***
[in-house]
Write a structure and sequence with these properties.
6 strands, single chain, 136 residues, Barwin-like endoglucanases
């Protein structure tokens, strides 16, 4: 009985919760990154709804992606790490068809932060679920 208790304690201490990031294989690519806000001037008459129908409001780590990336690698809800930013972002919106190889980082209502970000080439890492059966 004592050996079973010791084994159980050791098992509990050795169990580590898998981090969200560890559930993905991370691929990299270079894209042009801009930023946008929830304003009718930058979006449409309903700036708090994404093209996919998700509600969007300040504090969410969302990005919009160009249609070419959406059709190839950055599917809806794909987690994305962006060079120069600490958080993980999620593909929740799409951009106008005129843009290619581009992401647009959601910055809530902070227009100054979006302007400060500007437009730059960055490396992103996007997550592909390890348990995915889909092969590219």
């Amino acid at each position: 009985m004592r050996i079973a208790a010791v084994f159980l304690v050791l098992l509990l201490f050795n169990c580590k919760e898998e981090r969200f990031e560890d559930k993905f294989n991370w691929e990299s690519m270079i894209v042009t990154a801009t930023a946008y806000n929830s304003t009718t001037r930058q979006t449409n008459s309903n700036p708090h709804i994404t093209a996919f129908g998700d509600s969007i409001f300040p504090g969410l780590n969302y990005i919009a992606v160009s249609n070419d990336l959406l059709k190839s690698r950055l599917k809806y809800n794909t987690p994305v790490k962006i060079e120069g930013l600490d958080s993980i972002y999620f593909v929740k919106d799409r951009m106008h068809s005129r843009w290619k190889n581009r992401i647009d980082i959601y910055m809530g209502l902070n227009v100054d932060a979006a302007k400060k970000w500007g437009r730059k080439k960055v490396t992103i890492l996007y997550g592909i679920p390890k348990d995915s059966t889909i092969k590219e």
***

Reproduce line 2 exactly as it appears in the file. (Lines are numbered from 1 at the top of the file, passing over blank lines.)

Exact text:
Write a structure and sequence with these properties.